A common theme in any foreign country is the need to adjust to customs that are different from those of your own country. For me, Chile is no exception. Here are a couple of ways in which Chile differs from the United States:
- Personal space / affection
Chileans tend to be a lot more affectionate, generally speaking, then people in the United States. This is something you realize almost immediately, because their customary greetings / farewells are different than what we are used to. Between two Chilean men, a handshake and sometimes a hug / slap on the back is usually used to say hello or goodbye, which is similar to the US. But if two women or a woman and man are saying hello or goodbye in Chile, the custom is to kiss each other on the cheek at the same time. This occurs whether have you known someone for years or are meeting them for the first time, which has led to some awkward but funny moments for me. In addition, there tends to be a lot more public displays of affection between couples here. When I tell Chileans about the importance of personal space for most people in the US, the fact that displays of affection tend to be reserved for loved ones and how PDA is not welcomed at certain times / in certain places, they find it a bit odd. Because affection and physical touch are such an integral part of life here, people from the United States may sometimes come across as somewhat cold and uptight in this regard. Luckily, this Chilean custom has not been too difficult of an adjustment for me, but I know that may not be the case for everyone. However, I think it is important to try out or adapt to many of the local customs when you visit other countries, even if it sometimes makes you uncomfortable. Being open to learning about the differences between you and others and embracing that diversity is almost always a good thing.
- The concept of time
In my comings and goings in Chile, I have realized that Americans are often in a rush, and that we place a lot of emphasis on punctuality. We have this compulsion to be on time everywhere we go, and while this is not necessarily a terrible trait of ours, it is not something that applies to Chileans (speaking in stereotypes, of course). In the United States, to be on time is to arrive at least a couple of minutes (if not more) before an event begins. In Chile, it is common to arrive a few minutes after the designated time for an event without provoking much irritation (depending on the leniency of the person you are dealing with). I haven’t found this Chilean custom particularly unpleasant, especially on the occasions this week when I have arrived late to my classes and no one batted an eye, and occasionally even the professor was later than I was! Although some of the forgiving attitudes towards tardiness extended to me and other people in my study abroad program may be because we are gringos and they expect us to be somewhat lost, it is clear that the word “late” has a different connotation here. It is not as if the Chileans don’t care about punctuality at all, but being late doesn’t create the same overwhelming sense of panic here as it does in the United States.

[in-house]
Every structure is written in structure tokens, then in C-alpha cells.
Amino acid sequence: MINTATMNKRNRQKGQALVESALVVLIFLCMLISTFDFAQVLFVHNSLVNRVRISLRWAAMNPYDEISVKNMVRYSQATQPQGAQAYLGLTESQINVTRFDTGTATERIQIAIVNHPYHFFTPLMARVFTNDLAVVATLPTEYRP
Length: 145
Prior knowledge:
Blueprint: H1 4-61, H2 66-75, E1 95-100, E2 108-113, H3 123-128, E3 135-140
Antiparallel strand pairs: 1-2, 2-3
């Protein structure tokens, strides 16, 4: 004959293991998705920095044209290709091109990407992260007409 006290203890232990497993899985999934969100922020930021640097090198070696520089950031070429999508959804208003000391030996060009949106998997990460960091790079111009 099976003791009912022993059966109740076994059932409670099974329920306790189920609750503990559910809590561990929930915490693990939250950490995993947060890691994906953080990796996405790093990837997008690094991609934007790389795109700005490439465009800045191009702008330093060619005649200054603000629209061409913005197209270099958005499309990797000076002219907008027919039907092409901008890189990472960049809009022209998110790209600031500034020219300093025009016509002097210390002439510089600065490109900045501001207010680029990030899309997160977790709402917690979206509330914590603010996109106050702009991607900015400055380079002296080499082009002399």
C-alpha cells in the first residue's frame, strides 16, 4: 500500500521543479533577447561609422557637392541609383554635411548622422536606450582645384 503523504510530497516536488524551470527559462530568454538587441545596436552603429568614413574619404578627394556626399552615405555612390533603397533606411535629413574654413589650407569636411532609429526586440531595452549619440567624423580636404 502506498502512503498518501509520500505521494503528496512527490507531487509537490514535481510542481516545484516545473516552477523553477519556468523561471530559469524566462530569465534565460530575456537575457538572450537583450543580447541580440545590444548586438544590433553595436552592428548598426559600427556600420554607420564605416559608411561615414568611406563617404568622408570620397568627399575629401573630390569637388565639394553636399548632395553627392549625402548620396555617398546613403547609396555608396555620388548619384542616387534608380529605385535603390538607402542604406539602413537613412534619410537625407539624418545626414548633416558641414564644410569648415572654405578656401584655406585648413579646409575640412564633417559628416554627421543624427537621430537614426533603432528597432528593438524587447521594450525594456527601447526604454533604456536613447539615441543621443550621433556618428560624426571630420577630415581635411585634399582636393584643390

Overall, it has been a enjoyable experience for me to compare my culture to the customs of Chile. I find it fascinating to discover the differences and similarities between cultures and countries, and I even delight in what sets us apart, because as the French expression goes, “Vive la difference!” For this reason, I plan to bring up the topic of cultural differences and compare the United States and Chile a lot in my blog. I hope this is something you will enjoy reading, because I know that I love writing about it. Chao for now!